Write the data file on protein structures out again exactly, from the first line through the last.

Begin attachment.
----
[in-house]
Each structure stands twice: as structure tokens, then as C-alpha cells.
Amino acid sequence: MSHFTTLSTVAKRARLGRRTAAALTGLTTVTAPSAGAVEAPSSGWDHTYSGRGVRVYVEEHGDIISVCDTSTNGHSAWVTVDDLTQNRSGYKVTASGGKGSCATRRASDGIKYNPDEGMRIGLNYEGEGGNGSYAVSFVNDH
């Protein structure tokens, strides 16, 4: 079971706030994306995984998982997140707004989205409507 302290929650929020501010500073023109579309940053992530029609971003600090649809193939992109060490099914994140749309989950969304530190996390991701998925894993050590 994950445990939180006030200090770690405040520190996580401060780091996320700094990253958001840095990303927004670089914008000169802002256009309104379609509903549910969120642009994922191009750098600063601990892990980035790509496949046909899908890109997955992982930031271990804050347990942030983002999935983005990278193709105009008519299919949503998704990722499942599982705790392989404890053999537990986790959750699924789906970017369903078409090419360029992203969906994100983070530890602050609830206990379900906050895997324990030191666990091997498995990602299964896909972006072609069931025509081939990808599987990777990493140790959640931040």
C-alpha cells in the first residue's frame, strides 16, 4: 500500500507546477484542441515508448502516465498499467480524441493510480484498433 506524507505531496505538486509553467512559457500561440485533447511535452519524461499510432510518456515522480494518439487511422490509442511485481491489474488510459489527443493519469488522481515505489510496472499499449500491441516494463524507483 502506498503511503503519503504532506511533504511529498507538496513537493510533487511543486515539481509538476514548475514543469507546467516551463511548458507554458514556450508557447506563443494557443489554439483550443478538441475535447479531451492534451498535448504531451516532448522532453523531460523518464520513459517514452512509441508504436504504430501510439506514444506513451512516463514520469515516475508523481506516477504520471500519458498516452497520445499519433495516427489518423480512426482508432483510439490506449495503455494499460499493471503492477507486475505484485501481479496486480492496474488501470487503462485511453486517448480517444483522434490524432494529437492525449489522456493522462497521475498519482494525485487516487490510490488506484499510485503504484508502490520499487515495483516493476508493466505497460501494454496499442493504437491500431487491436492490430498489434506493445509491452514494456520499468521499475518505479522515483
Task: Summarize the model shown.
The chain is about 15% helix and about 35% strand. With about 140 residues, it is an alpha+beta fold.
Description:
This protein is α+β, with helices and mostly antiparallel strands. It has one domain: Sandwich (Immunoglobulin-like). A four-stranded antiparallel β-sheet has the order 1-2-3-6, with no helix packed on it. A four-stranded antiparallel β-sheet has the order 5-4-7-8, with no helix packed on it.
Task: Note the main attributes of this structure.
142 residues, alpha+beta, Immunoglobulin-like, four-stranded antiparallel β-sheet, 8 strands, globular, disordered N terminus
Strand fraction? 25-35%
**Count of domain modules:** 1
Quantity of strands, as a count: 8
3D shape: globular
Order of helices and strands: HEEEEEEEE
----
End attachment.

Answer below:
[in-house]
Each structure stands twice: as structure tokens, then as C-alpha cells.
Amino acid sequence: MSHFTTLSTVAKRARLGRRTAAALTGLTTVTAPSAGAVEAPSSGWDHTYSGRGVRVYVEEHGDIISVCDTSTNGHSAWVTVDDLTQNRSGYKVTASGGKGSCATRRASDGIKYNPDEGMRIGLNYEGEGGNGSYAVSFVNDH
């Protein structure tokens, strides 16, 4: 079971706030994306995984998982997140707004989205409507 302290929650929020501010500073023109579309940053992530029609971003600090649809193939992109060490099914994140749309989950969304530190996390991701998925894993050590 994950445990939180006030200090770690405040520190996580401060780091996320700094990253958001840095990303927004670089914008000169802002256009309104379609509903549910969120642009994922191009750098600063601990892990980035790509496949046909899908890109997955992982930031271990804050347990942030983002999935983005990278193709105009008519299919949503998704990722499942599982705790392989404890053999537990986790959750699924789906970017369903078409090419360029992203969906994100983070530890602050609830206990379900906050895997324990030191666990091997498995990602299964896909972006072609069931025509081939990808599987990777990493140790959640931040």
C-alpha cells in the first residue's frame, strides 16, 4: 500500500507546477484542441515508448502516465498499467480524441493510480484498433 506524507505531496505538486509553467512559457500561440485533447511535452519524461499510432510518456515522480494518439487511422490509442511485481491489474488510459489527443493519469488522481515505489510496472499499449500491441516494463524507483 502506498503511503503519503504532506511533504511529498507538496513537493510533487511543486515539481509538476514548475514543469507546467516551463511548458507554458514556450508557447506563443494557443489554439483550443478538441475535447479531451492534451498535448504531451516532448522532453523531460523518464520513459517514452512509441508504436504504430501510439506514444506513451512516463514520469515516475508523481506516477504520471500519458498516452497520445499519433495516427489518423480512426482508432483510439490506449495503455494499460499493471503492477507486475505484485501481479496486480492496474488501470487503462485511453486517448480517444483522434490524432494529437492525449489522456493522462497521475498519482494525485487516487490510490488506484499510485503504484508502490520499487515495483516493476508493466505497460501494454496499442493504437491500431487491436492490430498489434506493445509491452514494456520499468521499475518505479522515483
Task: Summarize the model shown.
The chain is about 15% helix and about 35% strand. With about 140 residues, it is an alpha+beta fold.
Description:
This protein is α+β, with helices and mostly antiparallel strands. It has one domain: Sandwich (Immunoglobulin-like). A four-stranded antiparallel β-sheet has the order 1-2-3-6, with no helix packed on it. A four-stranded antiparallel β-sheet has the order 5-4-7-8, with no helix packed on it.
Task: Note the main attributes of this structure.
142 residues, alpha+beta, Immunoglobulin-like, four-stranded antiparallel β-sheet, 8 strands, globular, disordered N terminus
Strand fraction? 25-35%
**Count of domain modules:** 1
Quantity of strands, as a count: 8
3D shape: globular
Order of helices and strands: HEEEEEEEE